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Trouble in Paradise for Canopy Growth?

Bruce Linton departs

Yesterday, Canopy Growth (WEED)(CGC) announced that co-CEO and board member Bruce Linton would be stepping down and current CEO Mark Zekulin will become the only CEO running the company. This isn’t the first time a high-profile cannabis company’s CEO has stepped down. Earlier this year, Vic Neufeld also left his position at Aphria (APHA) due to allegations of wrongdoing in its acquisition of Latin American subsidiaries.

These allegations were confirmed in the company’s Q3 earnings results, where it wrote off an impairment charge of 50 million Canadian dollars related to Latin American assets. The implications brought serious trouble for Aphria, and its CEO stepping down as a result seemed appropriate. With Neufeld gone, Aphria has new aims. To learn more, read How Does Aphria Plan to Reach the One Billion Club?

Reportedly fired

Linton’s exit comes as a shock to the cannabis sector, particularly after it was reported that he was actually fired. He called CNBC to express his take on this development, stating that “I think stepping down might not be the right phrase,” adding that he was “terminated” from the company.

Trouble in paradise for Canopy Growth?

Given Aphria’s recent history, we can hypothesize Canopy Growth may also have removed its CEO due to troubles. Let’s explore.

The most recent sign of trouble at Canopy was its disappointing earnings release. It appears to have irked Constellation Brands (STZ), which had invested ~5 billion Canadian dollars in the company. BNN Bloomberg reports that Constellation president and CEO Bill Newlands was “not pleased” with Canopy’s earnings release.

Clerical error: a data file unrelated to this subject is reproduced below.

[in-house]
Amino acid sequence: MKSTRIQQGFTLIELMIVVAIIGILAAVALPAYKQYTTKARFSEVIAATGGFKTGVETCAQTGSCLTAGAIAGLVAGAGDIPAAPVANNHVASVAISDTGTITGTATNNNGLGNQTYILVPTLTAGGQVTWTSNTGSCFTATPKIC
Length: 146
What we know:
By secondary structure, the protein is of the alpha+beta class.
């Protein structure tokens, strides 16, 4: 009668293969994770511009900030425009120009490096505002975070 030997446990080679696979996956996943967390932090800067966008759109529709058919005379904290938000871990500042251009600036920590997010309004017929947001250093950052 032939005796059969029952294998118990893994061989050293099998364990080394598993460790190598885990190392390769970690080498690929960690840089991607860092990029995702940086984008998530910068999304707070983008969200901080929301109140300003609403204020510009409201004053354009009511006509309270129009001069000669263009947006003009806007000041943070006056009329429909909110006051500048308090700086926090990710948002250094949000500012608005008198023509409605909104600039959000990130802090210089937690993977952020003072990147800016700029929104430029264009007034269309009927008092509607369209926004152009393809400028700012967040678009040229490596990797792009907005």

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Despite its disappointing earnings results, Canopy still has a lot of reasons to be optimistic. The top cannabis sector player has a wide net cast over a variety of product formats and markets. It is also setting up US hemp operations, and in Europe, it supplies to Germany—its biggest market outside of Canada. Canopy is also among the select few cannabis companies with a large cash balance on its books, with ~4.5 billion Canadian dollars ready to be deployed in future opportunities and acquisitions.

How the market reacted

Canopy Growth stock fell immediately after the news broke yesterday, but recovered during the day to end ~2% higher, implying that markets approved of Linton’s removal from the company. Cowen analyst Vivien Azer wrote that the news was no surprise, while RBC Dominion Securities analyst Douglas Miehm said he expects the company to experience volatility over the next few quarters due to the transition.

Canopy CEO Mark Zekulin said he remains “committed to a successful transition over the coming year as we begin a process to identify new leadership that will drive our collective vision forward.”

Most of the 20 analysts covering Canopy Growth recommend “buy.” Their average price target of 72 Canadian dollars is ~34% higher than the stock’s July 3 closing of 53.5 Canadian dollars. The cannabis market’s reaction to the news was mixed, with Cronos Group (CRON) falling 1.7% and Tilray (TLRY) rising 0.7%.

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